The other day my wife, the Sarge, and I were checking into the annual Concerns of Police Survivors (C.O.P.S.) National Conference in Chicago, when we saw one of my old buddies from my Tucson Police days. Jack Harris had been a street cop who then rose to the rank of Commander and retired to become an outstanding counselor specializing in law enforcement issues. It was natural that he would attend this very important meeting of hundreds of folks concerned about the emotional and physical health of those who serve and protect, as well as that of their families.
Over the next couple of days, Jack and I had several chances to catch up and I had an opportunity to tap into his insight over issues that were and are very troubling to me. Suicide, alcohol abuse, drug abuse, divorce, PTSD, and a host of other contemporary challenges were brought up during the conference, and I was impressed with Jack’s approach to dealing with some of these problems. One of the interesting points he made was how often he had to deal with the “self-diagnosed” PTSD victim. These guys (and gals) were often self-medicating (alcohol and/or drugs), and when he pinned them down as to how they made their “diagnosis” he discovered that they often didn’t have a clue as to what PTSD actually was.Jack then did a little mental exercise with these folks where he challenged them to do another diagnosis. Suppose instead of a traumatic emotional event they had been involved in an accident? After the accident they find they can’t stand up, and when they look down their right lower leg is at a 90-degree angle; what is their diagnosis? “A broken leg!” they all exclaimed with certainty, and that’s when he hit them with an important fact check: “And what would you do next?” To which the obvious and consistent answer was, “Go to the doctor…Oh yeah!”
The epiphany is that, regardless of whether your self-diagnosis is for a physical or an emotional injury, the solution is the same: See a dang doctor. Go to the professional to fix what is wrong. Self-medication is an unsatisfactory, and often self-destructive, choice. Pain, mental and physical, is real and Jack’s path of self-illumination helps crime fighters realize there are solutions to their not uncommon problems. The challenge that Jack has discovered, to his dismay, is that many agencies and administrators still stigmatize having mental health issues and/or outright discourage their officers from seeking the help of a professional.
Jack finds this problem sometimes stems from the fact that the medical organizations themselves often do not understand the maladies and stress our profession can create, and they also have a consistent misunderstanding of what constitutes actual PTSD. Check out the latest Diagnostic and Statistical Manual for Mental Disorders to get the latest actual definition of what constitutes PTSD.Too many times, an officer is traumatized by an event and misunderstands the post-event trauma as a long-term, rather than short term, aftereffect. Sleeplessness, nightmares, anxiety, and other problems are NOT unusual after a terrible occurrence, and we should embrace the fact that these are natural side effects of experiencing something far outside of our concept of “normal.” Administrators need to understand that traumatized officers require intervention from professionals to prevent long-term problems.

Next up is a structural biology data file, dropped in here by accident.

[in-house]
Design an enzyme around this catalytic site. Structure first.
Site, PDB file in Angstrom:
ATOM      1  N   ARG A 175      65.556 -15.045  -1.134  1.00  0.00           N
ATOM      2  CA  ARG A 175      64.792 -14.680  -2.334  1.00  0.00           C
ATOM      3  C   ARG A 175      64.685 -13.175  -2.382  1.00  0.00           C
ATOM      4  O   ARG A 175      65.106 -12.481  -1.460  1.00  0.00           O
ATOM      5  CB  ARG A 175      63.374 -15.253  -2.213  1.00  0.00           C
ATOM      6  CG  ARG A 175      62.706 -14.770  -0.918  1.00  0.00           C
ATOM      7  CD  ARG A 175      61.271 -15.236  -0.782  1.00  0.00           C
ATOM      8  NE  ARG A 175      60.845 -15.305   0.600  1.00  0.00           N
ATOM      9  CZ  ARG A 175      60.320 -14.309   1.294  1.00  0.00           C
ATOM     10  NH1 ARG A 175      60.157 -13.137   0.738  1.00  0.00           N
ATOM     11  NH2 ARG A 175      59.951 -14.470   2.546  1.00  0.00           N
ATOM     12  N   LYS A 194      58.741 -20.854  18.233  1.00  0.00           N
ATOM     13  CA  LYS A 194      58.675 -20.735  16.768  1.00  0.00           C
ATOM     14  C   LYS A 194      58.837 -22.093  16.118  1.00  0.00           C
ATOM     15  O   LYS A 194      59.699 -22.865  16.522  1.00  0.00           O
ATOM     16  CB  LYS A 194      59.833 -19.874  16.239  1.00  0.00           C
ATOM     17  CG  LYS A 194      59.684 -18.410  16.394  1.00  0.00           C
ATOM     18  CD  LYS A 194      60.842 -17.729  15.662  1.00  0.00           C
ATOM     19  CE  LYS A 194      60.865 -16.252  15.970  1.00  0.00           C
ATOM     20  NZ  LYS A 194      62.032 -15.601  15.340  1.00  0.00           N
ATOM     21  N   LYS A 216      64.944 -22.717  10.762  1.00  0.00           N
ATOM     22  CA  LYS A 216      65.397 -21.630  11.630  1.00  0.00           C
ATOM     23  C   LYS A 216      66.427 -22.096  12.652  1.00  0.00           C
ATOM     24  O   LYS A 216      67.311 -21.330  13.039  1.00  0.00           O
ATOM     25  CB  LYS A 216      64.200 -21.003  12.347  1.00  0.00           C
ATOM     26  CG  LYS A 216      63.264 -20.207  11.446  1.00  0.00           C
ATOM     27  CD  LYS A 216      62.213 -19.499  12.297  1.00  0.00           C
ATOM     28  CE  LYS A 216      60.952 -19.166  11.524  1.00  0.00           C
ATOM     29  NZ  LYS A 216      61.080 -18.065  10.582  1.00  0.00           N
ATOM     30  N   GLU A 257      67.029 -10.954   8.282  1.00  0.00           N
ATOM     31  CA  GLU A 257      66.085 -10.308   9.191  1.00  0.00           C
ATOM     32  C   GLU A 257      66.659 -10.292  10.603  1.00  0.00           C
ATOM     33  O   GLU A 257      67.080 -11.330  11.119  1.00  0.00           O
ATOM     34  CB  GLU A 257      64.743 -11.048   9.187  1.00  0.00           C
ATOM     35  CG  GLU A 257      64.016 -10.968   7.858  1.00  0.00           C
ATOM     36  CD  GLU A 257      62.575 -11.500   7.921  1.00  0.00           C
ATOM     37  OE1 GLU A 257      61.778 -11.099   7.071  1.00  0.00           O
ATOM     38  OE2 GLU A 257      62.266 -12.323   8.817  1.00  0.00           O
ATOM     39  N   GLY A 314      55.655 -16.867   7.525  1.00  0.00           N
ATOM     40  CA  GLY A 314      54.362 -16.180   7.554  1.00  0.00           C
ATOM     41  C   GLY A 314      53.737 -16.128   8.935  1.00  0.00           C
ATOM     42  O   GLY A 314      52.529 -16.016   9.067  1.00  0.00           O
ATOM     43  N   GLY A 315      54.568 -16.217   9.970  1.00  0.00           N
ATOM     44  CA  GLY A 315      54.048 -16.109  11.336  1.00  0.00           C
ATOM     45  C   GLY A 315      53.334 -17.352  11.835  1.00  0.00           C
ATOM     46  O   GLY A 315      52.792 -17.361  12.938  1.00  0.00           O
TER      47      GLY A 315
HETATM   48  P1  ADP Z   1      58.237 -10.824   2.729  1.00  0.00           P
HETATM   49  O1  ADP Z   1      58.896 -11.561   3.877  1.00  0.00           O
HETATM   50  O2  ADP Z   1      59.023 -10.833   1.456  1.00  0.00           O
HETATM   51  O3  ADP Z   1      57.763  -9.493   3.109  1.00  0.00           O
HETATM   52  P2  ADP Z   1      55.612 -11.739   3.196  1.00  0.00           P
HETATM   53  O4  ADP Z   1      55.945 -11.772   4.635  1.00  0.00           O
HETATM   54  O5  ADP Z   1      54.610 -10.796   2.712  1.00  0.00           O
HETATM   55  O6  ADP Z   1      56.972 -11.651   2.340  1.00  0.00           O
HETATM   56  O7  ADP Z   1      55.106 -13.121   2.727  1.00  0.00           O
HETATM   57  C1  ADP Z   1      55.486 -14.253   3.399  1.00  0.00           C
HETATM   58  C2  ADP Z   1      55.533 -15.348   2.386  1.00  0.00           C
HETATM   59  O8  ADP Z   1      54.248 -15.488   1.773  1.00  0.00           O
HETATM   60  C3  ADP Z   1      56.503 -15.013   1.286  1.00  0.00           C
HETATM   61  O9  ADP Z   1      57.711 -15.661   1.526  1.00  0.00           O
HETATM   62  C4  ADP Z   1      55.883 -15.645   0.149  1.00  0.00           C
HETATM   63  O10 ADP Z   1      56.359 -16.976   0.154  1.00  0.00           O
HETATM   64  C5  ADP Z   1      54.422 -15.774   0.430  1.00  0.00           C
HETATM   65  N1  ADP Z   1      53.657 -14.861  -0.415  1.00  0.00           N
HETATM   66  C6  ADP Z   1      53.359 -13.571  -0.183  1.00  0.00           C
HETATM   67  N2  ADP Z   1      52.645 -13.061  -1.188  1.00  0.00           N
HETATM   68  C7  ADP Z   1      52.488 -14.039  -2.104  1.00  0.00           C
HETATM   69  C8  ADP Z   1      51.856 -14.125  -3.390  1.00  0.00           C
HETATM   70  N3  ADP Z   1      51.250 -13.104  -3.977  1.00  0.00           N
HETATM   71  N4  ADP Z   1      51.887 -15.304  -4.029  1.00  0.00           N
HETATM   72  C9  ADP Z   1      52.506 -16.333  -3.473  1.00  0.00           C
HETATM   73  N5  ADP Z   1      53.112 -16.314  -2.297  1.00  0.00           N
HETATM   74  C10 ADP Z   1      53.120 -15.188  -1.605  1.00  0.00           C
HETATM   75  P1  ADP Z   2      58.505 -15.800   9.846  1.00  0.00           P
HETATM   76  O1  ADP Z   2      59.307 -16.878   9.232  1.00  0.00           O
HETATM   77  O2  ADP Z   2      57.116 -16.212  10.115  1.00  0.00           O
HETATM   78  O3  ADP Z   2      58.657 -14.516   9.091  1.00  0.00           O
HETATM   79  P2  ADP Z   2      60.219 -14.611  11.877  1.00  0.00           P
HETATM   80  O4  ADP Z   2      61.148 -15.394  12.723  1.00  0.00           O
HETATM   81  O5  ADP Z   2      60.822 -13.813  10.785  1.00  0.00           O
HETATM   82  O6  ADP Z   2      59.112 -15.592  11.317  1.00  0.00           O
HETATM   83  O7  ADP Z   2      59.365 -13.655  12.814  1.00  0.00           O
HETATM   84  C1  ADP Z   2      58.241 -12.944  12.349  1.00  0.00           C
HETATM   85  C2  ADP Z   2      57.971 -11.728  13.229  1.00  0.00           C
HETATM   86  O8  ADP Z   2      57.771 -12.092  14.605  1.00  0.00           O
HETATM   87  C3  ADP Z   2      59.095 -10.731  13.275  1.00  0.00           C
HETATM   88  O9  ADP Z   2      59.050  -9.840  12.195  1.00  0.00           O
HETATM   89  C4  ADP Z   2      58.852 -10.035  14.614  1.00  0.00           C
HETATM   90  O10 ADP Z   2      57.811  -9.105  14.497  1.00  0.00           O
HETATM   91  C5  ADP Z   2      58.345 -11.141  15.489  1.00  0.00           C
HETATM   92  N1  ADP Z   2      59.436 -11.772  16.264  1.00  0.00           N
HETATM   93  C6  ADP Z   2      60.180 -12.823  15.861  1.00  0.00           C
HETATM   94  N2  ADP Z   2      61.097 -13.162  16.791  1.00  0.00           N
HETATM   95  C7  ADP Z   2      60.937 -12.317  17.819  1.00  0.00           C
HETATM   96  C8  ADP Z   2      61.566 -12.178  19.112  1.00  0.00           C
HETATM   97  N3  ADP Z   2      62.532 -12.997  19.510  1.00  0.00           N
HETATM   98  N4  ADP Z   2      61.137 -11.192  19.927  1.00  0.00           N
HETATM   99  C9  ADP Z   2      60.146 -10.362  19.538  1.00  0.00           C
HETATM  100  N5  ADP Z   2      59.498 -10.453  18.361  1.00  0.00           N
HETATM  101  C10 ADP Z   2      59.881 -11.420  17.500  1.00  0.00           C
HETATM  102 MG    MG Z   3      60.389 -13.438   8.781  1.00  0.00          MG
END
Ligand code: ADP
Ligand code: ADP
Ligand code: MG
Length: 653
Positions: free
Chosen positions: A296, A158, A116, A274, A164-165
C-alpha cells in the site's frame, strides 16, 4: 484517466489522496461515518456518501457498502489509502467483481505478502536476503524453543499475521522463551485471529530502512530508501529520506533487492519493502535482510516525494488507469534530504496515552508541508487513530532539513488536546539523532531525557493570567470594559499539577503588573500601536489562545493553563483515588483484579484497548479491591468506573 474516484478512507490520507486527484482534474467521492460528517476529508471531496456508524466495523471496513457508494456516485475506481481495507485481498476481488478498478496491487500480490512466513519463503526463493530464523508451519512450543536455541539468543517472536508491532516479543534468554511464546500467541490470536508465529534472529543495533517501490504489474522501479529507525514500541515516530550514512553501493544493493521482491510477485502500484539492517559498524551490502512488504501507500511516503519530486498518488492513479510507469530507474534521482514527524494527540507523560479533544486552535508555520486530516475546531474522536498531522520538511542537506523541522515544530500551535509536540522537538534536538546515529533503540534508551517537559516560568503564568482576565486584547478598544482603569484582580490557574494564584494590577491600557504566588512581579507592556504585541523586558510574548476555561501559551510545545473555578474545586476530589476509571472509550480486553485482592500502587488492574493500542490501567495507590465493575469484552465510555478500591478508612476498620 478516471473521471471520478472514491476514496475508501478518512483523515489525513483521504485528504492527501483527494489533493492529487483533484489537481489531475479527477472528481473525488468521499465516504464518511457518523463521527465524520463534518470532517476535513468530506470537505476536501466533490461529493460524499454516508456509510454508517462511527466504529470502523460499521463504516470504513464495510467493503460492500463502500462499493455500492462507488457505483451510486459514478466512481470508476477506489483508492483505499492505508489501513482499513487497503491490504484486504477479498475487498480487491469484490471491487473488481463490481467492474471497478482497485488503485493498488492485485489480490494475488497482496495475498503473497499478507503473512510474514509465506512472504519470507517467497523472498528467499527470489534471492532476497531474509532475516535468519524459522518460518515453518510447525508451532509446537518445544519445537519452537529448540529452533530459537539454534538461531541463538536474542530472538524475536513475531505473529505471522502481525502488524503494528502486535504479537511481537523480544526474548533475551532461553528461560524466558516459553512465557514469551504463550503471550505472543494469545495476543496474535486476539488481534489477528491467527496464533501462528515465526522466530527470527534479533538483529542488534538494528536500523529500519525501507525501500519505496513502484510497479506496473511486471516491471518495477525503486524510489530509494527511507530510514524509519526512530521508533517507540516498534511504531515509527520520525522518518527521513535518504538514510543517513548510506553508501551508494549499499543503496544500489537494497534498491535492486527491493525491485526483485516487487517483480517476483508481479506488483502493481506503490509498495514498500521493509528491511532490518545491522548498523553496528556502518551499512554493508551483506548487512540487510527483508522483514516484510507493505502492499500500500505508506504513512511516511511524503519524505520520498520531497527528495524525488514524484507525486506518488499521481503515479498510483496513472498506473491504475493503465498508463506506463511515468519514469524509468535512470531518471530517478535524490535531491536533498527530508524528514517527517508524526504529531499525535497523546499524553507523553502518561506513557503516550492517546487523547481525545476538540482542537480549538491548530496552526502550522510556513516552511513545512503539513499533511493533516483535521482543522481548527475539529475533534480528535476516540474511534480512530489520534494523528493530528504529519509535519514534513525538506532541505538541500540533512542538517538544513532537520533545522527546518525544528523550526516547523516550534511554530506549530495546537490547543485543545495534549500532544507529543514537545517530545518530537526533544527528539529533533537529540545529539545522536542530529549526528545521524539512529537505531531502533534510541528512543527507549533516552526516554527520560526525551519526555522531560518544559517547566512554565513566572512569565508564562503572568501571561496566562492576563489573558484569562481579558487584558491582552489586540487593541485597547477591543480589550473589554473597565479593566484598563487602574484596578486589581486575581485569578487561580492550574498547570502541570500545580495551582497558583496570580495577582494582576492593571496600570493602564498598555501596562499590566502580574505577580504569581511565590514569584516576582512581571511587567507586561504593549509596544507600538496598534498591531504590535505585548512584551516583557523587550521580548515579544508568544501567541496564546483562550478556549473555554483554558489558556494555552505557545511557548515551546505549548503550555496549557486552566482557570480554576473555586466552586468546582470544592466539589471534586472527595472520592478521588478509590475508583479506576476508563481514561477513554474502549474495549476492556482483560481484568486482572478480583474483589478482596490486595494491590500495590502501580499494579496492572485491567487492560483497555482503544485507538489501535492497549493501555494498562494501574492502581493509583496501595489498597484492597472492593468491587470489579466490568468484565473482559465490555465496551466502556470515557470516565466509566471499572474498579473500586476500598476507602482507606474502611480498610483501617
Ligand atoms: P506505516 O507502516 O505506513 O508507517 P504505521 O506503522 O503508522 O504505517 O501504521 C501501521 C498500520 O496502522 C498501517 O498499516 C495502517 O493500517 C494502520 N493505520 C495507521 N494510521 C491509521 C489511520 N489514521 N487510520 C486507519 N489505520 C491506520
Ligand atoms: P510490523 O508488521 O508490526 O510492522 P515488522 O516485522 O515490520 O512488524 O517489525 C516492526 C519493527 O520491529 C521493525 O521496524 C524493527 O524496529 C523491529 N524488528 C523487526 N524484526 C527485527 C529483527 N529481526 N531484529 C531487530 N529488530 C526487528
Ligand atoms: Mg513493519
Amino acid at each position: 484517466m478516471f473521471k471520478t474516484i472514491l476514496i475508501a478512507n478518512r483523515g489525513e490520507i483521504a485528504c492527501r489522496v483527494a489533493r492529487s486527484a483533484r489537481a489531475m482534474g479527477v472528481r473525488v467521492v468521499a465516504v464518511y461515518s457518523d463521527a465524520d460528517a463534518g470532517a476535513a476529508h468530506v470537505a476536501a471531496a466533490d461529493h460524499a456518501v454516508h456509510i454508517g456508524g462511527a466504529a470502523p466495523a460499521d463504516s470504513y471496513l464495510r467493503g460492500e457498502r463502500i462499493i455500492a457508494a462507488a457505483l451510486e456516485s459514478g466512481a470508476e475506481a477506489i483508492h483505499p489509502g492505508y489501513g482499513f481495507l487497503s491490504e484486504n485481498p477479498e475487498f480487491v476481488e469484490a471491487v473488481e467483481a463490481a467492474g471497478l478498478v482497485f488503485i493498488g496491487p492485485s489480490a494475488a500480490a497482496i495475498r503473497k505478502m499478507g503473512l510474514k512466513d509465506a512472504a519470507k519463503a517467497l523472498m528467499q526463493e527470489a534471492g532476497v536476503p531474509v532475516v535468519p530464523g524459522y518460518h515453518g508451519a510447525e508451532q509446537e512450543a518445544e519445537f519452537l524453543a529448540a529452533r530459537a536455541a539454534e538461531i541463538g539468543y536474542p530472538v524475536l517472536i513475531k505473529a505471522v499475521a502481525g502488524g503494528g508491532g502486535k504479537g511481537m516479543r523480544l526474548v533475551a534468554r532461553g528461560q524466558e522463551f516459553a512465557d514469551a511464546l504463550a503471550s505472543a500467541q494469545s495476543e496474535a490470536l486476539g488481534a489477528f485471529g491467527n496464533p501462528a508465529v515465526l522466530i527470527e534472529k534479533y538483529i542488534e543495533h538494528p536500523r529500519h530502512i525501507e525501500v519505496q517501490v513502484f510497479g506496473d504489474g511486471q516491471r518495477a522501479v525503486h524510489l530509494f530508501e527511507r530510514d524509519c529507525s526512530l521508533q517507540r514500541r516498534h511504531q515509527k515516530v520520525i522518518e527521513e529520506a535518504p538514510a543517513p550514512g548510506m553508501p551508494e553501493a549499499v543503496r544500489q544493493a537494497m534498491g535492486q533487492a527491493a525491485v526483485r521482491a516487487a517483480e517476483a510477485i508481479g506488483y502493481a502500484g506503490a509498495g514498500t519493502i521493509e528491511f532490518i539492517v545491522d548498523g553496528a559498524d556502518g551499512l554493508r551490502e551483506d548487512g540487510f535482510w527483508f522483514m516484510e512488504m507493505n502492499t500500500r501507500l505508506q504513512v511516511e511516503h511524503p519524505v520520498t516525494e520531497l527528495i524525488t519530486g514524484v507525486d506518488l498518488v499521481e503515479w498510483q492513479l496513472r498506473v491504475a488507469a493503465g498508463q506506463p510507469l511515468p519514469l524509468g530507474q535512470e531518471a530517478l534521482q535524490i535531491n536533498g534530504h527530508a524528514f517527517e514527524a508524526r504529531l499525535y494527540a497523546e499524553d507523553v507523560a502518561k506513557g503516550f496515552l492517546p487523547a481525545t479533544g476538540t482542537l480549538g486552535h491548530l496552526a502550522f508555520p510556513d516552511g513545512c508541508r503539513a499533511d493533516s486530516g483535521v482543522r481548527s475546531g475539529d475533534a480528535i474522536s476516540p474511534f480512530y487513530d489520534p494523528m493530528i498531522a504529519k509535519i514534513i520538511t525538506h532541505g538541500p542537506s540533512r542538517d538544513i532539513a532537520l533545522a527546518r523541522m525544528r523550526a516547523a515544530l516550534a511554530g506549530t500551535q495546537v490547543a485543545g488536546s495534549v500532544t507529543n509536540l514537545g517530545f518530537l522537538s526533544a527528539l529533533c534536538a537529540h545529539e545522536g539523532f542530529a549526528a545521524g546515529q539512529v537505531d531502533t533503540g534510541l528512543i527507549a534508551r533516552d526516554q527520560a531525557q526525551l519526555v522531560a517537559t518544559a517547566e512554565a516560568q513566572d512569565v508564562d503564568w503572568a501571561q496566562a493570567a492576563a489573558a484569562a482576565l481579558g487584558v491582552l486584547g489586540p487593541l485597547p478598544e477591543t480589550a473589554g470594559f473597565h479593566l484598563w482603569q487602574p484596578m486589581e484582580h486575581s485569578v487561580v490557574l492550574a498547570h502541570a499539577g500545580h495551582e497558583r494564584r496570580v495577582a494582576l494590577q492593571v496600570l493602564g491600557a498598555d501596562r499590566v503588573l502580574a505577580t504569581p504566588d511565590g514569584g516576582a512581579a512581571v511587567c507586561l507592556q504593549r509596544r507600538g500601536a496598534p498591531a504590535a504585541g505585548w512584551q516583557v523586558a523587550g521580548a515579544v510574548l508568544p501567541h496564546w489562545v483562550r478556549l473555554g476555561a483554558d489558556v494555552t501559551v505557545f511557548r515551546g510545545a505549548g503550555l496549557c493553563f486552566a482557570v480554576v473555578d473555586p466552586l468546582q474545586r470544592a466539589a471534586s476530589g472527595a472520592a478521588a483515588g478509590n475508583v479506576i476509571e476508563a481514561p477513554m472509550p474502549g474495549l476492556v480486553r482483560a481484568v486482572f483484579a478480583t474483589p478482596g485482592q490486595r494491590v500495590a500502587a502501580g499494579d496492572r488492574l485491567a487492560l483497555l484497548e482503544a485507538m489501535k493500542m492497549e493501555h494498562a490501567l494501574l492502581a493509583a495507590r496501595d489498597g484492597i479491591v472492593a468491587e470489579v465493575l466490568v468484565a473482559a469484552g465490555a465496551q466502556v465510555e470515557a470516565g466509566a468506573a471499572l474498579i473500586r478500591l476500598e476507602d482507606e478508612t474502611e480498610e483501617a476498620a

I have a friend who worked for several years as a detective investigating crimes against children. He was excellent at it; so good, in fact, that they would not let him transfer when he cried, “Enough!” Finally, he sought help for the night sweats, nightmares, and anxiety, and the agency tried to find him unfit for duty. He had to fight to keep his job, even though he had begged to be relieved of the emotional burden he was carrying. This isn’t such an unusual case, and I hope all administrators reading this article ask themselves how open their agency is to caring for the mental health of its folks.
As we become more and more aware of the emotional cost of keeping our communities safe, and dealing with the day-to-day tragedies in those communities, it becomes essential that we develop systems to help our people heal and get the help they need. And if you are one of those self-diagnosed sufferers, ask yourself, what you would do if you self-diagnosed a physical injury instead of an emotional one? That’s right…get to a doctor.
Dave Smith is an internationally recognized law enforcement trainer and is the creator of “JD Buck Savage.” You can follow Buck on Twitter at @thebucksavage.